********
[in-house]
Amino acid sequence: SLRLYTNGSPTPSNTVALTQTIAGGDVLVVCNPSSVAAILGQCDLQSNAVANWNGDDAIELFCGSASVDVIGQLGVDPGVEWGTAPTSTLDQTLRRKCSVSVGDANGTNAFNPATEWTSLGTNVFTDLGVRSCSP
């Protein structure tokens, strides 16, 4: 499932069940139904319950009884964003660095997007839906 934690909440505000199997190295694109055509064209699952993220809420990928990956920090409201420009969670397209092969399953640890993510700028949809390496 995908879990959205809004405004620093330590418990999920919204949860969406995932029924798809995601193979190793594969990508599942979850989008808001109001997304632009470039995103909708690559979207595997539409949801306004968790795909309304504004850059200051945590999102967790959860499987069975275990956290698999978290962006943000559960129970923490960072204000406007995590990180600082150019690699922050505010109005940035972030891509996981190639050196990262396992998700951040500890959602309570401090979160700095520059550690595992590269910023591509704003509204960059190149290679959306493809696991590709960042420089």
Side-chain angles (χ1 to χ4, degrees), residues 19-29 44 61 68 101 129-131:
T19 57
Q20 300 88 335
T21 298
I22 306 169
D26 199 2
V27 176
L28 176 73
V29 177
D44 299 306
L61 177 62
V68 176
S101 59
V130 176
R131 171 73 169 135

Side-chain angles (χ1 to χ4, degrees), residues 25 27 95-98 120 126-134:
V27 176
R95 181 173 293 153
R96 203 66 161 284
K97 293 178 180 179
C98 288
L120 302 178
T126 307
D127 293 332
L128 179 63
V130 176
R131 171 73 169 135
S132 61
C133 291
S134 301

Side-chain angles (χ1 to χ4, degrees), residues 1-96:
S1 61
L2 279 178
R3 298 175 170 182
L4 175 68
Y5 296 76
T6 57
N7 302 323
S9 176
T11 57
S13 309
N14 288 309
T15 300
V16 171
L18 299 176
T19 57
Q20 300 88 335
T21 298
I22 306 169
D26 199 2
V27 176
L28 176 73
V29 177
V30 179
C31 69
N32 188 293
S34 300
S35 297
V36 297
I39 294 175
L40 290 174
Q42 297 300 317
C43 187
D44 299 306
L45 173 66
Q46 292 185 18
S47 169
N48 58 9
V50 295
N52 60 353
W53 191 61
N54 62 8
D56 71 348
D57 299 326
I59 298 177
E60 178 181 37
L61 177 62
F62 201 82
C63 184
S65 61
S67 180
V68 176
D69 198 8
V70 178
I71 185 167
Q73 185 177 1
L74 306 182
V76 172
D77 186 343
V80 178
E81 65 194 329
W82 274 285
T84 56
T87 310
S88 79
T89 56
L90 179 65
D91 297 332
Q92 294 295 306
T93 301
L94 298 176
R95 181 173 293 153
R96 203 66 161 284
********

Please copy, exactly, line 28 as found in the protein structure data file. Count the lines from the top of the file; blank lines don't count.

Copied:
L128 179 63